Building Fire-Breathing Web Services

I wrote this article about a year ago for an online magazine. It is based on concepts that were true in .NET 1.1 and should be updated. If you are using .NET 2.0 then you need to further research thread pooling and attachments, I included some links to help. Most of these tips apply to .NET 1.1 and 2.0.


When I first started writing web services a few years ago I noticed that they were often fairly slow. If you are writing web services using the same techniques that you wrote other types of distributed applications then your web services will be slow too. So here are some thoughts on making them fast and powerful. In short, making them fire breathing web services.

The first step in building fire breathing web services is to make sure that you really should be using web services. ASP.NET web services uses XML serialization, do not forget how it works and what its characteristics are. Serialization and network communications are some of the most important bottlenecks in a high performance system. Use both sparingly and give thought to minimizing both wherever possible.

The base functionality for your client request is provided in the WebClientProtocol base class. This is extended in the System.Web.Services.Protocols.HttpwebClientProtocol namespace. A client uses the System.Net classes to generate proxy classes to provide the web services access. Depending on your need the client will be one of three flavors. These are the HttpGetClientProtocol, HttpPostClientProtocol or SoapHttpClientProtocol proxy classes. These classes take the XML request serialize it into a SOAP message.

ASP.NET clients use the same thread pool for encoding and transmission as do ASP.NET web services. So if you have both on the same computer, in addition to wasting time, you have a double hit on the local resources. The maxconnection setting in your machine.config file excludes local client calls so local calls can steal more resources from remote client calls.

Make sure that you change the maxconnection setting in the machine.config file from 2 to something higher. I suggest experimenting starting with 10 connections for each processor in the server and heading up form there. You may find the number between 13 and 16. As you increase them the CPU utilization will increase. Shoot for 70 percent utilization as a maximum. As your users and application grow run periodic tests to ensure you are allocating the optimal level of connections.

This is one of the key things to remember, whatever goes over your communication channel has to be serialized and formed into SOAP (or some other type of) messages and then transported and unserialized. Many client/server developers do not give consideration to what is going over the wire and with web services, your bad habits show through. Network round trips and unnecessarily large messages will hurt performance. Try to keep messages as small as possible and consider if compression is warranted.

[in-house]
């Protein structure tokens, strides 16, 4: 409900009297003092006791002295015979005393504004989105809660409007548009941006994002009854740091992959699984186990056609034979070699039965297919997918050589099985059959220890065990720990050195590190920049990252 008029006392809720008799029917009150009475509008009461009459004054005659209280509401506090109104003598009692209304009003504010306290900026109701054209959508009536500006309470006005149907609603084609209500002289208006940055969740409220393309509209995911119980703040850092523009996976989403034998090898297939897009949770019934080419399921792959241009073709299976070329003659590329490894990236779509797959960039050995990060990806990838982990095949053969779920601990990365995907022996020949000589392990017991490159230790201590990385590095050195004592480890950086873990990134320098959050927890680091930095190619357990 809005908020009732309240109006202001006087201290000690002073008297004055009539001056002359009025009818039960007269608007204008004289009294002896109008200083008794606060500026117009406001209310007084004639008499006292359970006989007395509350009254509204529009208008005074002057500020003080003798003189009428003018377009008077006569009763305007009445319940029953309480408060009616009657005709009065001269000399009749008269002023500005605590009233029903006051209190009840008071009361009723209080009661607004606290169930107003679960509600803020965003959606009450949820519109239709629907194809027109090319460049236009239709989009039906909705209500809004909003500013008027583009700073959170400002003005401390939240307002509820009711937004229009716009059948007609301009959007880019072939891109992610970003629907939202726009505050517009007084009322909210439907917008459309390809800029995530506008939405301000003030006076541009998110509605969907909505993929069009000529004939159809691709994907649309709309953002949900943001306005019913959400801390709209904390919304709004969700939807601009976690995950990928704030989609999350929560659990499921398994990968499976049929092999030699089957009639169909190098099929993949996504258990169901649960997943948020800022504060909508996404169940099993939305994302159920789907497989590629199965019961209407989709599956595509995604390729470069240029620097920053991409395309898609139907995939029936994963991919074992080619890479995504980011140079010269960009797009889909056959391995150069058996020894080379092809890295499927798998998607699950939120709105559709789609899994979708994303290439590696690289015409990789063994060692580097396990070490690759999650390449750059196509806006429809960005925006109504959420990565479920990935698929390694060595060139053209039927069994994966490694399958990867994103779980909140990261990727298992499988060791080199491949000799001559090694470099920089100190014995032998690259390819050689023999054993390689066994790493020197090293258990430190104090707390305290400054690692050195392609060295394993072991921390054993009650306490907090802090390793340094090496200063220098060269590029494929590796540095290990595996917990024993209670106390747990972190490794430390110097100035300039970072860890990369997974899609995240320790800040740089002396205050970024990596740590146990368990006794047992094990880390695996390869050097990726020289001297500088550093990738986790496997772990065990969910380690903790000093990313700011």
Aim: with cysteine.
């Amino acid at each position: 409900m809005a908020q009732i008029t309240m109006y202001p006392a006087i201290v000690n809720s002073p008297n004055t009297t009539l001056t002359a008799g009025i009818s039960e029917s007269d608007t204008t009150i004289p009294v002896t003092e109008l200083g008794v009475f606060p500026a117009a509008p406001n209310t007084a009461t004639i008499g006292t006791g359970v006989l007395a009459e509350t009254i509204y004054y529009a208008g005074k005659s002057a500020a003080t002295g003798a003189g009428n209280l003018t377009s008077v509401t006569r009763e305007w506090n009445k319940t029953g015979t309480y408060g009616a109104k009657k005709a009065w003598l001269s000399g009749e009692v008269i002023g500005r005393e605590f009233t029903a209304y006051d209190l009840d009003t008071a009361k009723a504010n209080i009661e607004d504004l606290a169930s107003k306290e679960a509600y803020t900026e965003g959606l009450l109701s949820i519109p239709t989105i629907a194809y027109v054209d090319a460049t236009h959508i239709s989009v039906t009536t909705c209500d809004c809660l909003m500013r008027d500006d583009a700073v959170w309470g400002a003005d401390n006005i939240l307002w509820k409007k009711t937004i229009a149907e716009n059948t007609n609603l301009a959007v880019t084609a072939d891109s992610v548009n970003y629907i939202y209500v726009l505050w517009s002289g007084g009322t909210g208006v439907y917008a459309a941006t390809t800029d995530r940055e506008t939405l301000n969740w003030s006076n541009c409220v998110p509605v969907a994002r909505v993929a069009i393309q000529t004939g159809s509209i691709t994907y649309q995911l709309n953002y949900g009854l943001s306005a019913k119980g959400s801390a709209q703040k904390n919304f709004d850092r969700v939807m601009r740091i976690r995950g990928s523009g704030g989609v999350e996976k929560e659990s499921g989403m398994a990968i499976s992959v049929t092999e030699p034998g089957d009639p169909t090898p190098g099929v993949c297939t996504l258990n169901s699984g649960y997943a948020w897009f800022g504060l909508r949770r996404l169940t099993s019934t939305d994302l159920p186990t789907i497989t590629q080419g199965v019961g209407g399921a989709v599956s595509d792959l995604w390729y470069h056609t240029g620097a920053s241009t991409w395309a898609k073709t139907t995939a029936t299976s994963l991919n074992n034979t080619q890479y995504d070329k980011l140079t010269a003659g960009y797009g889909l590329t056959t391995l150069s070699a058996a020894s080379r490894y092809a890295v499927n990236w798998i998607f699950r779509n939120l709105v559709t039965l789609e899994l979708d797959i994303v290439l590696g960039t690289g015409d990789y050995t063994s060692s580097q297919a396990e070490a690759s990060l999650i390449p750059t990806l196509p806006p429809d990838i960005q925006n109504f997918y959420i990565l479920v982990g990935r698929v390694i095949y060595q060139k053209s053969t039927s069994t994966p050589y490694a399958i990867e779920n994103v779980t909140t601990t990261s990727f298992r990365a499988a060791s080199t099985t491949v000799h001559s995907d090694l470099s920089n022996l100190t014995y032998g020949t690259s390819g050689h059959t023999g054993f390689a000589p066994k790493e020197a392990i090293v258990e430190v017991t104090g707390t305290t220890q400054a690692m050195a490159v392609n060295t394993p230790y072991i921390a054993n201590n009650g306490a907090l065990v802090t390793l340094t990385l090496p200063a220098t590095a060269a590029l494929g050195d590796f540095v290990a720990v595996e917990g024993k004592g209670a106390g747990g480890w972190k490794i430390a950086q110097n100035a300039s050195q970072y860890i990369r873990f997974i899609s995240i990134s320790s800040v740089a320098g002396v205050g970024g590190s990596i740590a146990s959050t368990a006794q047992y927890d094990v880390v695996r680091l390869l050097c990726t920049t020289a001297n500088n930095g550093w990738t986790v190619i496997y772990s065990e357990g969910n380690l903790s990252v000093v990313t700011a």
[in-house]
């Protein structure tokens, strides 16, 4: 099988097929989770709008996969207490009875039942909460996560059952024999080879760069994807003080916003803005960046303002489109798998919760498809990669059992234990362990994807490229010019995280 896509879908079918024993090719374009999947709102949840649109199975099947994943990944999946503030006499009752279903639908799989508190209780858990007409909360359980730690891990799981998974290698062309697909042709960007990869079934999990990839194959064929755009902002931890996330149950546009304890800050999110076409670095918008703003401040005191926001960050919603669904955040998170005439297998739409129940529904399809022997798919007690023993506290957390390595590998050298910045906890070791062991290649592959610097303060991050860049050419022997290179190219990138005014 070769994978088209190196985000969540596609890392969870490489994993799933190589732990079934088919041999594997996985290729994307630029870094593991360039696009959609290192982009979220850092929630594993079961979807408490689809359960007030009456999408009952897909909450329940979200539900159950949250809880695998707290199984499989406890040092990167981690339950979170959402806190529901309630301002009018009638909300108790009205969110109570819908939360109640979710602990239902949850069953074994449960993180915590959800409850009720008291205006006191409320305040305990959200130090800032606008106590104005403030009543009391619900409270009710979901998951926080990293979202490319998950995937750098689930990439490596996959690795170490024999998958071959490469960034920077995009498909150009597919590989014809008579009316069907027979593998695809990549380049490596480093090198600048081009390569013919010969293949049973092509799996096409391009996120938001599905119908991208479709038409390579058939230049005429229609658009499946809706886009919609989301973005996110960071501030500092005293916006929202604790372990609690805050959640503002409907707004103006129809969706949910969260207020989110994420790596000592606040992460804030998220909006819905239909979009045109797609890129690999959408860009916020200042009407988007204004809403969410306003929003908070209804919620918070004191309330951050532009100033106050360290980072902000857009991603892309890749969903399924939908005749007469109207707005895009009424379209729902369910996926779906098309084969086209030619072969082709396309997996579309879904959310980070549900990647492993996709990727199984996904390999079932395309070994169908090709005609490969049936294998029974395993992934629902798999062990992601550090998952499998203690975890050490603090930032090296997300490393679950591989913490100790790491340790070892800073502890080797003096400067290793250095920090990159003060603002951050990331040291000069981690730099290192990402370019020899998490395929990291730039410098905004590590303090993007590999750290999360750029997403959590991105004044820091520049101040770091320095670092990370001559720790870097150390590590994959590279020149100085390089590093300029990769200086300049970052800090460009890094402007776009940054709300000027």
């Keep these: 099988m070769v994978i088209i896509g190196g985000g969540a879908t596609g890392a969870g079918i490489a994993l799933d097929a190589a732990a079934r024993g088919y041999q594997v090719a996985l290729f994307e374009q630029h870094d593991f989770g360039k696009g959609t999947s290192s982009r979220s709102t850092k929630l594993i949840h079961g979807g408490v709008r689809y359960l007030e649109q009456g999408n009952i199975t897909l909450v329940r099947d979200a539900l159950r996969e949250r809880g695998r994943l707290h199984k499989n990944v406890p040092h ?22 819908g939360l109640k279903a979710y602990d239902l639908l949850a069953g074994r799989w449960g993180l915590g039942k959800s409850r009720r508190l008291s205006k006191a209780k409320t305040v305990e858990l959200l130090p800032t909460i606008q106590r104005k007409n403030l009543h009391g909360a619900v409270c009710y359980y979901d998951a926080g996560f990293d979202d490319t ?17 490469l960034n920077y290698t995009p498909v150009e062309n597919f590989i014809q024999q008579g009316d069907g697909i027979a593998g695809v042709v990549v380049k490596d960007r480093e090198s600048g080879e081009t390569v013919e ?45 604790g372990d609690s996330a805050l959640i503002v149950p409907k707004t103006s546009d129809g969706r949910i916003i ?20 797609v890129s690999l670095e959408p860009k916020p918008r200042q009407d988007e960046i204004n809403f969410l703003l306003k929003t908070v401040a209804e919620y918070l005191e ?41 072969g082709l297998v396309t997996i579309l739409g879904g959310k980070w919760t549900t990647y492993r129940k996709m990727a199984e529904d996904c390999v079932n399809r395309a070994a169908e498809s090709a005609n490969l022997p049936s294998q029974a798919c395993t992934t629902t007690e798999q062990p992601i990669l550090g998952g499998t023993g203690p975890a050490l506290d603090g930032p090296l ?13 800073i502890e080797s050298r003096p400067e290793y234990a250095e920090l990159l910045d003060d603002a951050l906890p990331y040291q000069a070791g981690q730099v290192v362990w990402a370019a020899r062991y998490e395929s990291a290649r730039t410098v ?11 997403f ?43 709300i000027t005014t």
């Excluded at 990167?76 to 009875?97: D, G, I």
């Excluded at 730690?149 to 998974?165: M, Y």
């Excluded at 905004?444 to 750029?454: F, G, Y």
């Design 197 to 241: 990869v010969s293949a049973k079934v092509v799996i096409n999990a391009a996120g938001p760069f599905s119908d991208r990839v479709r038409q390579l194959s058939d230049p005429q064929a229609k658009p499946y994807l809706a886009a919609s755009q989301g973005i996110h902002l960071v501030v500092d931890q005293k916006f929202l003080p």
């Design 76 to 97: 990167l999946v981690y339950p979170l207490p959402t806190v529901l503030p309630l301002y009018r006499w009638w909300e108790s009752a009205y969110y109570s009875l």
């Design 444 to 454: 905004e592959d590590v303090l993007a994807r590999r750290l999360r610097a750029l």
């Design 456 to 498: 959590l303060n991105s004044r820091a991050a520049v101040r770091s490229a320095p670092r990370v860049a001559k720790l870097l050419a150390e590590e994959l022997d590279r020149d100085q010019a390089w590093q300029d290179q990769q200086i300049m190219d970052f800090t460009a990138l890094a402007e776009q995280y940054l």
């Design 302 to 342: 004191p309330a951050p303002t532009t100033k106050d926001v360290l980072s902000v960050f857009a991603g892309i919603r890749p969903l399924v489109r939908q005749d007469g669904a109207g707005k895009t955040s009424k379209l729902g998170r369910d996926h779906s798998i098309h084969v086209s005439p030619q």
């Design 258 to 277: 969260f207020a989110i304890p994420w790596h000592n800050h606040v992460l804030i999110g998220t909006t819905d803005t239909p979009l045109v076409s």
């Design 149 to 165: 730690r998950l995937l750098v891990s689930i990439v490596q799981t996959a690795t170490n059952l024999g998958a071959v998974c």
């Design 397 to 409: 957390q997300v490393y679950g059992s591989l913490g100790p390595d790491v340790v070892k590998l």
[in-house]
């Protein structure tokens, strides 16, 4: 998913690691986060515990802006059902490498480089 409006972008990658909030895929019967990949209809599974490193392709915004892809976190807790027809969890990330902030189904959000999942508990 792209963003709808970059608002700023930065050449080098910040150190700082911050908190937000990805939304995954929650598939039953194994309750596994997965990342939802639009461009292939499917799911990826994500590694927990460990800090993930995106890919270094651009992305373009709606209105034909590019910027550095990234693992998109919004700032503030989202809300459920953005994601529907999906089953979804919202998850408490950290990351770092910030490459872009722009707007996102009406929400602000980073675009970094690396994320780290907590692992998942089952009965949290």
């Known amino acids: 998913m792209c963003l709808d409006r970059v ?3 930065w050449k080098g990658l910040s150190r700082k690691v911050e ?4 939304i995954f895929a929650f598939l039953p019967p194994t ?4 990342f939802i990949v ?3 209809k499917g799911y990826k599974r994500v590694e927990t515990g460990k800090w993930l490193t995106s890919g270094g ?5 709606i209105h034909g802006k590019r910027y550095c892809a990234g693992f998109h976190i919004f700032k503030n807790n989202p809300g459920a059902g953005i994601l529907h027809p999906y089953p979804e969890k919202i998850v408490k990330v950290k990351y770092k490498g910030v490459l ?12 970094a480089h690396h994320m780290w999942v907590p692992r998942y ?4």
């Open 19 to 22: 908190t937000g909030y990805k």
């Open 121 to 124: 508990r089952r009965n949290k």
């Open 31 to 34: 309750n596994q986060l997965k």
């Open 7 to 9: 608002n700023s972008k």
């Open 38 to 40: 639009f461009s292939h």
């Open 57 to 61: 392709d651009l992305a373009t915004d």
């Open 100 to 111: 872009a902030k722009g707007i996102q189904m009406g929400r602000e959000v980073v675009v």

When IIS receives an HTTP request for an ASMX page it utilizes the aspnet_isapi.dll ISAPI extension. There is an ASP.NET worker process created and entered in a processing pipeline which is controlled by the HttpRuntime object which passes it to the HttpApplication object and the HttpModule objects specified in your section of the Web.config file or the Machine.config file.

After execution of the modules in the pipeline, the asmx extension is verified with the WebServiceHandlerFactory handler to create a handler instance. This instance of the WebServiceHandler is what is responsible for processing web service requests. The HTTP handler uses reflection to generate method invocations from the SOAP message.

Web services are usually either messaging oriented or RPC (objects and methods) oriented.

Use primitive types at all times if you can. Methods should be stateless and should be combined. Create methods that take multiple parameters and perform multiple functions to reduce round trips.

Try to avoid state. I personally think state is overused. Make sure that you consider the scalability costs of state management. Be wary of excessive state management. Methods should not be stateful. If you need state and are willing to trade off performance for scalability then you can pass state back in forth in your calls instead of managing it server side.

Validate up front. As a rule, validate data at the earliest possible point. If you cannot validate at the user input then validate it before your message is created. Do not waste round trips on invalid data formats. A good option is to validate against a schema stored on the server. You can use XmlValidatingReader to download an XSD and validate client side before sending off the message.

Your parameters should be formatted using the default literal format except where you have interoperability with non.NET web services. In that case you will need SOAP formatting.

Bulk data can be transferred by returning in the SOAP message the URL of a file to download. This can save a ton of time serializing, compressing, etc large data transfers. You can also use chunking of fixed size byte arrays. SOAP attachments can be WS-attachments, Base 64 encoded or SOAP Message Transmission Optimization Mechanism (MTOM).

If you are subject to sudden bursts in traffic then you would experience a performance lag during a traffic burst as the application suddenly needs to create more threads to handle the increase. If you are using .NET framework 1.1 or newer then you can set SetMinThreads method of the ThreadPool class.

I hope these thoughts are helpful and I hope to see fire coming from your next web service.

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